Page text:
Hebrew scholars insist that hesed is difficult to translate into English because it communicates more than our word love does. Besides love, it also conveys mercy, grace, and kindness. It is the kind of love that Ruth displays when she refuses to leave her mother-in-law, Naomi. It’s a love that goes far beyond duty and is compelled to act because of strong commitment and affection. It’s also the kind of love that Hosea expresses for his wife, Gomer, whom he marries even though she is a prostitute and refuses to remain faithful in their marriage. So it’s a love that is steadfast and unchanging, even if the recipient doesn’t accept it. It’s the kind of love that only God can show perfectly, and he shows such love in his first interactions with the humans he made when they choose sin over obedience.
Most of all, hesed is a covenant love—a love that binds God to his people.
It is almost exclusively used as a word between God and his people Israel. God makes a commitment to Israel that they do not deserve but nevertheless benefit from. Even the example of Ruth falls into that category as she leaves her homeland and adopts the Jewish people as her own.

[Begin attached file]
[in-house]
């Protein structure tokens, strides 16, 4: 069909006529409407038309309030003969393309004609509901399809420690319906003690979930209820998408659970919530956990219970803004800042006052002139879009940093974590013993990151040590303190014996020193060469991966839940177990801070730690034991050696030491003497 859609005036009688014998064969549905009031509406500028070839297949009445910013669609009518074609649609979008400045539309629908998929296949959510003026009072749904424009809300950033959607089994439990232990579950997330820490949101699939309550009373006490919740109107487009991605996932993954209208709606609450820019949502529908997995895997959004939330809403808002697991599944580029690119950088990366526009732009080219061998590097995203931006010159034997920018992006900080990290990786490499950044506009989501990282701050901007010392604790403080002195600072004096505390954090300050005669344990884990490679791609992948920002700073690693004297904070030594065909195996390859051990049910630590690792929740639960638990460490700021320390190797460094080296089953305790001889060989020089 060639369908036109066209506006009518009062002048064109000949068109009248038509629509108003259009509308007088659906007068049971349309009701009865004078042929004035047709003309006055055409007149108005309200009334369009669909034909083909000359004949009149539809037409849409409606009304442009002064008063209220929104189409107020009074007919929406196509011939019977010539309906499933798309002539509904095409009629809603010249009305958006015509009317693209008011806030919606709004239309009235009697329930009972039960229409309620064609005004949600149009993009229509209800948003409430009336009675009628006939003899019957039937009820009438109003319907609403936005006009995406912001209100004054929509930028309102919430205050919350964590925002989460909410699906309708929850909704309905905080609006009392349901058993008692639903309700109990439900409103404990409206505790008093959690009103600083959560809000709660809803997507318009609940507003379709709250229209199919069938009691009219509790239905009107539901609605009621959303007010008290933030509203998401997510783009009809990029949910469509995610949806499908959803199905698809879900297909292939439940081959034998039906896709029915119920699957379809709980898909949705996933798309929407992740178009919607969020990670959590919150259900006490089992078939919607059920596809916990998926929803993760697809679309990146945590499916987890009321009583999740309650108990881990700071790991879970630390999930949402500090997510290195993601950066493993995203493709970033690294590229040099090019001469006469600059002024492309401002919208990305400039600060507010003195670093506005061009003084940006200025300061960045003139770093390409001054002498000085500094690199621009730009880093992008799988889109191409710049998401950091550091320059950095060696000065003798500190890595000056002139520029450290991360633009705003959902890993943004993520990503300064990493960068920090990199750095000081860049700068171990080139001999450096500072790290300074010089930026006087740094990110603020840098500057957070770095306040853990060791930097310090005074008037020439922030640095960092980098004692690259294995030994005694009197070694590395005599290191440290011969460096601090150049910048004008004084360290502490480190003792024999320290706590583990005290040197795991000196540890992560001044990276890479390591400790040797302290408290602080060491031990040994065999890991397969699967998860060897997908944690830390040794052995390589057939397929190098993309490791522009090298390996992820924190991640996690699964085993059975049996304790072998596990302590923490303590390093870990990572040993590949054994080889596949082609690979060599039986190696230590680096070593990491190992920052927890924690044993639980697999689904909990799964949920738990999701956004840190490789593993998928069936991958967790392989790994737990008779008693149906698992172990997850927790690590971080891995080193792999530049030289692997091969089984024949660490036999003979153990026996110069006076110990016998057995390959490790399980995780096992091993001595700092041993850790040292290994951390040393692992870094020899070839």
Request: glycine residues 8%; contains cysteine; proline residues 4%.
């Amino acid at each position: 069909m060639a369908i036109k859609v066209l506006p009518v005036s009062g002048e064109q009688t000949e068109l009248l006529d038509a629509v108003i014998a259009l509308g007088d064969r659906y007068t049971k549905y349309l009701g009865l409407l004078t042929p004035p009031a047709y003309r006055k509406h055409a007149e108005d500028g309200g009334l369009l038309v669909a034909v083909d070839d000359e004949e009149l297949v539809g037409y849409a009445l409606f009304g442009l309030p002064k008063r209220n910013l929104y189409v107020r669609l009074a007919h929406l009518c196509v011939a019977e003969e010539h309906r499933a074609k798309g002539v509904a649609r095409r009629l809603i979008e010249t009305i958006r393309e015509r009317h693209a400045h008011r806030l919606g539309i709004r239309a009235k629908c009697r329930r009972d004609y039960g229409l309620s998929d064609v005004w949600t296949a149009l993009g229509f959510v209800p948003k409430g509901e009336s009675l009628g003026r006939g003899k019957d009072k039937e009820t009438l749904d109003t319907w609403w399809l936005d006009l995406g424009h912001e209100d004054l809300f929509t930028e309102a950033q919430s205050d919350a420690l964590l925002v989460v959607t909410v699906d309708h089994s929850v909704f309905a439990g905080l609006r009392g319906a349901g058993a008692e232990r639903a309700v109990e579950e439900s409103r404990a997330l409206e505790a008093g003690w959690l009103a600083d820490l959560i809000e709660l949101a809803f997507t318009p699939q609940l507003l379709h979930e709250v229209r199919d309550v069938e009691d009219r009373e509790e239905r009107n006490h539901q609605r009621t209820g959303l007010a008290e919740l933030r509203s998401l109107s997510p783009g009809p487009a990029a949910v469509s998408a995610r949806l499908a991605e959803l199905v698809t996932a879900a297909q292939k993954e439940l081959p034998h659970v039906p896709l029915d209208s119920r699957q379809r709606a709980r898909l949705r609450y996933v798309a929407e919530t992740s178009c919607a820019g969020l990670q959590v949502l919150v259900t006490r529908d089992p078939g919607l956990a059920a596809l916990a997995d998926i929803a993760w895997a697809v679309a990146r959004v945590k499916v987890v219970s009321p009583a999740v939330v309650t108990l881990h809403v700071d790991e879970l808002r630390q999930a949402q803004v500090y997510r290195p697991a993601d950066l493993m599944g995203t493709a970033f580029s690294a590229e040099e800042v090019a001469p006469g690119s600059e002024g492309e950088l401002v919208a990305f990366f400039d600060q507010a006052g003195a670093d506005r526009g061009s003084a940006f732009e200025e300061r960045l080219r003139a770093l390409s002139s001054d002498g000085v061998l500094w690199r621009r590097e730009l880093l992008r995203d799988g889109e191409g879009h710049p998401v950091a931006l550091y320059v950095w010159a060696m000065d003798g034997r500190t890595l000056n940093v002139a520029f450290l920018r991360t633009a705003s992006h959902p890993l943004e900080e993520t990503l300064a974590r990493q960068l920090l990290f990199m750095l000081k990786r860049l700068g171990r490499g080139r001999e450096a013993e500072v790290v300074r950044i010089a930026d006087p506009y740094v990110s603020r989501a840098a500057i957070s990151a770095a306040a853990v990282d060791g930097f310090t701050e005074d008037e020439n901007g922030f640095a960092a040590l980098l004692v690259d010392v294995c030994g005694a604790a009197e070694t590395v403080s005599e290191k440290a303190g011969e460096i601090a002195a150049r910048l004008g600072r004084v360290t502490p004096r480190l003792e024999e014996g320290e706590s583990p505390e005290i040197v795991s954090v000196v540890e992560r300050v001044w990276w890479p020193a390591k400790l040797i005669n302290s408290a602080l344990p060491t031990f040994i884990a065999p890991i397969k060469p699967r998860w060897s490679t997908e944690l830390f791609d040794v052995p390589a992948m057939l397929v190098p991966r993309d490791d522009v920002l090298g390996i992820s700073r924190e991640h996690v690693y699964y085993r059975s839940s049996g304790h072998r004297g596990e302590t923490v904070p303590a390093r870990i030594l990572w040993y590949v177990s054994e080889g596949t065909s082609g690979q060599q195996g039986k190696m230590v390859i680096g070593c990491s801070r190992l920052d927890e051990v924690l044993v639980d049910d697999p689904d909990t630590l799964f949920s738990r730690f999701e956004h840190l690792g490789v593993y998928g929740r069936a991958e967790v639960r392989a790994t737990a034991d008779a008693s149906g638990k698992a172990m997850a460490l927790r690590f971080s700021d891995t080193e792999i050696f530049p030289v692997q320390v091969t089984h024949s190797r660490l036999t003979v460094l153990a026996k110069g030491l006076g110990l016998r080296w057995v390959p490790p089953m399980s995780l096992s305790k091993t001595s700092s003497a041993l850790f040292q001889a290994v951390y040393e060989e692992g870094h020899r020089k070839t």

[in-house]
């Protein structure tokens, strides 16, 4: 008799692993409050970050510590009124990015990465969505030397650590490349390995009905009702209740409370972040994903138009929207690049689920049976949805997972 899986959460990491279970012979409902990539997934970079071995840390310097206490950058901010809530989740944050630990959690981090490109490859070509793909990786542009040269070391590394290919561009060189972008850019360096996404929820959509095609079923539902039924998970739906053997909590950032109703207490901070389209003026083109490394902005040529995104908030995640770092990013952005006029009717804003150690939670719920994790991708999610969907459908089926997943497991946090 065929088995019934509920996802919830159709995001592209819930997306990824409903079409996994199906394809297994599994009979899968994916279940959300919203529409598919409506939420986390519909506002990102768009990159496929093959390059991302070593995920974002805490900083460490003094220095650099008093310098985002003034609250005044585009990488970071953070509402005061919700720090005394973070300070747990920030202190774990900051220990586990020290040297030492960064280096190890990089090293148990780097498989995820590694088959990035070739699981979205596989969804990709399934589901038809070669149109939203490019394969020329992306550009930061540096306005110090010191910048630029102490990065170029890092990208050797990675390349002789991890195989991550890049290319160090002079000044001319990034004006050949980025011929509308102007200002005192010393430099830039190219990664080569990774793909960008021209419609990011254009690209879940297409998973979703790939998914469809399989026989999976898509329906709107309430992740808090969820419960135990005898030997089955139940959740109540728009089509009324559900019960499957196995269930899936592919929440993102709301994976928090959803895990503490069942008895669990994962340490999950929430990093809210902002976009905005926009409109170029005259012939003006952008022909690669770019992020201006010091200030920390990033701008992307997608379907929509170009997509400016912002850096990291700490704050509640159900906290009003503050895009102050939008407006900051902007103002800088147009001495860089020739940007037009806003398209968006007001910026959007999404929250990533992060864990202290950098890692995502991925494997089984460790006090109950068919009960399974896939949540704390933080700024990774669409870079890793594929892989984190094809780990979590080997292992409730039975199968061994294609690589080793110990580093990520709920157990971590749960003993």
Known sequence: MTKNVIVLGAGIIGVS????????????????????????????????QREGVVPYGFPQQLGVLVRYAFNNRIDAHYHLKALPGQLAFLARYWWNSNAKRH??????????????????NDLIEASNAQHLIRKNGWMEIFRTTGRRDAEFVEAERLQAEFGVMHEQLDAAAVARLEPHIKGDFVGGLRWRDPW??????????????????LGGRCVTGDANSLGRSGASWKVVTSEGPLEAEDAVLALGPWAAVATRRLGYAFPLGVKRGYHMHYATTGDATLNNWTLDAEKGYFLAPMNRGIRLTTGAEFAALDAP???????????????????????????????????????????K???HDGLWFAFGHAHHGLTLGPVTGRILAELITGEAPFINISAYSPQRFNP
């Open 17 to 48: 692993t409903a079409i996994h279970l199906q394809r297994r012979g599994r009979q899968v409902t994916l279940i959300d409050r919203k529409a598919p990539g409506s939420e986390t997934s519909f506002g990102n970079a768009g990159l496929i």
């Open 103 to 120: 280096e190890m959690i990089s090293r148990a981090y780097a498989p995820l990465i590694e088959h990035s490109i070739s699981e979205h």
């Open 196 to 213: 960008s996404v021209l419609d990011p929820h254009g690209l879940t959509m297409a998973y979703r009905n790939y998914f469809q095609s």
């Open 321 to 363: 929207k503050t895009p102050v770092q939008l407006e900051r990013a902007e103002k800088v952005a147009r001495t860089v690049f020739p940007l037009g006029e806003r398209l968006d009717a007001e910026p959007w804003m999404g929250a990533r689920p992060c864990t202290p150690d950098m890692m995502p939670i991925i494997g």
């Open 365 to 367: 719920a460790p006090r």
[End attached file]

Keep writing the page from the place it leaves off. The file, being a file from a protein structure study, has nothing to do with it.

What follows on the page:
Hesed is not found in the New Testament, since it is a Hebrew word and the New Testament is written in Greek. Instead, the New Testament uses the word agape to convey a similar meaning. Agape love is undeserved but lavished upon us, as we see in John 3:16, where God says he loved the world so much that he gave his only Son so that we can have eternal life. The idea that God loves us in spite of our sin is clear in the use of both hesed and agape.
So what does this mean for us? Why should we care what kind of love it is as long as it is love?
If we embrace the wrong definition of love, we are doomed to live by society’s flawed standards. We will think of God’s love for us and our love for others as much less than it’s meant to be. Like the star-crossed lovers in the television series, we will be seeking something that doesn’t exist and look for happiness in that which is fleeting and unstable.